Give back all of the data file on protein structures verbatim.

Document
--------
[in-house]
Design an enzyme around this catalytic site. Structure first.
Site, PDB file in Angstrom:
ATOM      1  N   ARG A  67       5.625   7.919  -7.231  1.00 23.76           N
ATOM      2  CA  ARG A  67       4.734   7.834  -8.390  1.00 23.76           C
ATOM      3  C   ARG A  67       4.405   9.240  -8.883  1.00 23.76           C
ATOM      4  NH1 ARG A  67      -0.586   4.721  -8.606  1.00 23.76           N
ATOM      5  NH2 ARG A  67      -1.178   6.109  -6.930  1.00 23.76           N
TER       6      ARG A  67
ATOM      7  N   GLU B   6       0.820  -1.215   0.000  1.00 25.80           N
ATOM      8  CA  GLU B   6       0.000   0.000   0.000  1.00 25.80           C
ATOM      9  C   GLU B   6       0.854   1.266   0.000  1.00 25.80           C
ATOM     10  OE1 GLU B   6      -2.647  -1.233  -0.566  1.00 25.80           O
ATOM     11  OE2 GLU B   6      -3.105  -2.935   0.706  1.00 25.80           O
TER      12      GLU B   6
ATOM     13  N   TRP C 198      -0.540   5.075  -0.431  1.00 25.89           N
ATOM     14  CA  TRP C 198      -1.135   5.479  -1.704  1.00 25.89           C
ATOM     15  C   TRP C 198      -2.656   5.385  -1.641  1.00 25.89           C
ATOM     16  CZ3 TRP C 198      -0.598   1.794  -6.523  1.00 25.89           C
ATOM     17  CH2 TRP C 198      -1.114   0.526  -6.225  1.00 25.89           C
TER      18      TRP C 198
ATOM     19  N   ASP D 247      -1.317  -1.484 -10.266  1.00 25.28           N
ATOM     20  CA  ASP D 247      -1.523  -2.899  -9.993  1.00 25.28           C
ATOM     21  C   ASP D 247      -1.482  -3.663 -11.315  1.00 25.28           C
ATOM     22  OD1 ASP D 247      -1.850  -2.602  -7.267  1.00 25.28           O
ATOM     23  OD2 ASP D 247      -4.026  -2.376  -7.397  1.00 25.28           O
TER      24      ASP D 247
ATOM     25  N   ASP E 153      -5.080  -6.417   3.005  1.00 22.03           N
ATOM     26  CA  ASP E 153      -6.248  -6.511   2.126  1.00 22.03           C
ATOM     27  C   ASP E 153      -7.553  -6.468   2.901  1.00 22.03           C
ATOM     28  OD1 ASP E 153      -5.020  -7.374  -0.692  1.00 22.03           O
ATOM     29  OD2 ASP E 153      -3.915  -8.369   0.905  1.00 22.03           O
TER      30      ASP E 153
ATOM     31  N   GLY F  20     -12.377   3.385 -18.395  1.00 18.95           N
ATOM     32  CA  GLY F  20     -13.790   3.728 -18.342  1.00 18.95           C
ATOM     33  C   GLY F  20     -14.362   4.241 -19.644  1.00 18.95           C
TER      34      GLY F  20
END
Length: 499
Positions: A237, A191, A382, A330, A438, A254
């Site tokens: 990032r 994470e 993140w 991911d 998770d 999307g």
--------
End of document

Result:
[in-house]
Design an enzyme around this catalytic site. Structure first.
Site, PDB file in Angstrom:
ATOM      1  N   ARG A  67       5.625   7.919  -7.231  1.00 23.76           N
ATOM      2  CA  ARG A  67       4.734   7.834  -8.390  1.00 23.76           C
ATOM      3  C   ARG A  67       4.405   9.240  -8.883  1.00 23.76           C
ATOM      4  NH1 ARG A  67      -0.586   4.721  -8.606  1.00 23.76           N
ATOM      5  NH2 ARG A  67      -1.178   6.109  -6.930  1.00 23.76           N
TER       6      ARG A  67
ATOM      7  N   GLU B   6       0.820  -1.215   0.000  1.00 25.80           N
ATOM      8  CA  GLU B   6       0.000   0.000   0.000  1.00 25.80           C
ATOM      9  C   GLU B   6       0.854   1.266   0.000  1.00 25.80           C
ATOM     10  OE1 GLU B   6      -2.647  -1.233  -0.566  1.00 25.80           O
ATOM     11  OE2 GLU B   6      -3.105  -2.935   0.706  1.00 25.80           O
TER      12      GLU B   6
ATOM     13  N   TRP C 198      -0.540   5.075  -0.431  1.00 25.89           N
ATOM     14  CA  TRP C 198      -1.135   5.479  -1.704  1.00 25.89           C
ATOM     15  C   TRP C 198      -2.656   5.385  -1.641  1.00 25.89           C
ATOM     16  CZ3 TRP C 198      -0.598   1.794  -6.523  1.00 25.89           C
ATOM     17  CH2 TRP C 198      -1.114   0.526  -6.225  1.00 25.89           C
TER      18      TRP C 198
ATOM     19  N   ASP D 247      -1.317  -1.484 -10.266  1.00 25.28           N
ATOM     20  CA  ASP D 247      -1.523  -2.899  -9.993  1.00 25.28           C
ATOM     21  C   ASP D 247      -1.482  -3.663 -11.315  1.00 25.28           C
ATOM     22  OD1 ASP D 247      -1.850  -2.602  -7.267  1.00 25.28           O
ATOM     23  OD2 ASP D 247      -4.026  -2.376  -7.397  1.00 25.28           O
TER      24      ASP D 247
ATOM     25  N   ASP E 153      -5.080  -6.417   3.005  1.00 22.03           N
ATOM     26  CA  ASP E 153      -6.248  -6.511   2.126  1.00 22.03           C
ATOM     27  C   ASP E 153      -7.553  -6.468   2.901  1.00 22.03           C
ATOM     28  OD1 ASP E 153      -5.020  -7.374  -0.692  1.00 22.03           O
ATOM     29  OD2 ASP E 153      -3.915  -8.369   0.905  1.00 22.03           O
TER      30      ASP E 153
ATOM     31  N   GLY F  20     -12.377   3.385 -18.395  1.00 18.95           N
ATOM     32  CA  GLY F  20     -13.790   3.728 -18.342  1.00 18.95           C
ATOM     33  C   GLY F  20     -14.362   4.241 -19.644  1.00 18.95           C
TER      34      GLY F  20
END
Length: 499
Positions: A237, A191, A382, A330, A438, A254
């Site tokens: 990032r 994470e 993140w 991911d 998770d 999307g």